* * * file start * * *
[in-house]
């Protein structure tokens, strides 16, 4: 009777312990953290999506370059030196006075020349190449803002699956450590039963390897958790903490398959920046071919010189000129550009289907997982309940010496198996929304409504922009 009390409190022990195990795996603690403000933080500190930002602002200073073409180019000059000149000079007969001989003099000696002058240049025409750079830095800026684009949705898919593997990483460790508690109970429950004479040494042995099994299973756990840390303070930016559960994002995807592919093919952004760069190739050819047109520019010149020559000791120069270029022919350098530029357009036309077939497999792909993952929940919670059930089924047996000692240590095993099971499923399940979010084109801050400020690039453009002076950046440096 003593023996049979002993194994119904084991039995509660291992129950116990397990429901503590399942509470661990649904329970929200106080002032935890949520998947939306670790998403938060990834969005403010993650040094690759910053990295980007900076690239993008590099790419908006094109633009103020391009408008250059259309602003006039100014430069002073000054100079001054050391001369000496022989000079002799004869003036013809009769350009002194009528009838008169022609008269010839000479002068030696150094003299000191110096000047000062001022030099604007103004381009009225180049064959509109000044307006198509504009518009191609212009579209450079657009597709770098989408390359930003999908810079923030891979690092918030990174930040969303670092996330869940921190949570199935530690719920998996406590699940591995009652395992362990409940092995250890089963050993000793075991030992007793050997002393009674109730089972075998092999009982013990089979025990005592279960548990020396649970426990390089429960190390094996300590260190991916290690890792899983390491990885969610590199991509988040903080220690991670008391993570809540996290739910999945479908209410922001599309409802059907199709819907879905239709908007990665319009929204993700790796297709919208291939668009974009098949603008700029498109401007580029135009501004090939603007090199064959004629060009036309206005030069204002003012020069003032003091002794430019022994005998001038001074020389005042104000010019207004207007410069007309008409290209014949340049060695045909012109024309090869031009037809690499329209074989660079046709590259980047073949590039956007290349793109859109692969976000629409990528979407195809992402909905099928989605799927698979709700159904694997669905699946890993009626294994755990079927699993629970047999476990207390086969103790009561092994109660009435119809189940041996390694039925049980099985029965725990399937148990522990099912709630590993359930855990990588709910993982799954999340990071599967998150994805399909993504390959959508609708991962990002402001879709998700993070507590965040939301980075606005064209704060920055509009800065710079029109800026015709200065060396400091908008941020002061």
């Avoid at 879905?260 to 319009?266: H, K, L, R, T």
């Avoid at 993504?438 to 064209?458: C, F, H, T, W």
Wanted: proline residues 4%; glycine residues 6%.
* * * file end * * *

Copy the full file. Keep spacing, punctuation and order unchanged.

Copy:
[in-house]
């Protein structure tokens, strides 16, 4: 009777312990953290999506370059030196006075020349190449803002699956450590039963390897958790903490398959920046071919010189000129550009289907997982309940010496198996929304409504922009 009390409190022990195990795996603690403000933080500190930002602002200073073409180019000059000149000079007969001989003099000696002058240049025409750079830095800026684009949705898919593997990483460790508690109970429950004479040494042995099994299973756990840390303070930016559960994002995807592919093919952004760069190739050819047109520019010149020559000791120069270029022919350098530029357009036309077939497999792909993952929940919670059930089924047996000692240590095993099971499923399940979010084109801050400020690039453009002076950046440096 003593023996049979002993194994119904084991039995509660291992129950116990397990429901503590399942509470661990649904329970929200106080002032935890949520998947939306670790998403938060990834969005403010993650040094690759910053990295980007900076690239993008590099790419908006094109633009103020391009408008250059259309602003006039100014430069002073000054100079001054050391001369000496022989000079002799004869003036013809009769350009002194009528009838008169022609008269010839000479002068030696150094003299000191110096000047000062001022030099604007103004381009009225180049064959509109000044307006198509504009518009191609212009579209450079657009597709770098989408390359930003999908810079923030891979690092918030990174930040969303670092996330869940921190949570199935530690719920998996406590699940591995009652395992362990409940092995250890089963050993000793075991030992007793050997002393009674109730089972075998092999009982013990089979025990005592279960548990020396649970426990390089429960190390094996300590260190991916290690890792899983390491990885969610590199991509988040903080220690991670008391993570809540996290739910999945479908209410922001599309409802059907199709819907879905239709908007990665319009929204993700790796297709919208291939668009974009098949603008700029498109401007580029135009501004090939603007090199064959004629060009036309206005030069204002003012020069003032003091002794430019022994005998001038001074020389005042104000010019207004207007410069007309008409290209014949340049060695045909012109024309090869031009037809690499329209074989660079046709590259980047073949590039956007290349793109859109692969976000629409990528979407195809992402909905099928989605799927698979709700159904694997669905699946890993009626294994755990079927699993629970047999476990207390086969103790009561092994109660009435119809189940041996390694039925049980099985029965725990399937148990522990099912709630590993359930855990990588709910993982799954999340990071599967998150994805399909993504390959959508609708991962990002402001879709998700993070507590965040939301980075606005064209704060920055509009800065710079029109800026015709200065060396400091908008941020002061």
């Avoid at 879905?260 to 319009?266: H, K, L, R, T």
């Avoid at 993504?438 to 064209?458: C, F, H, T, W």
Wanted: proline residues 4%; glycine residues 6%.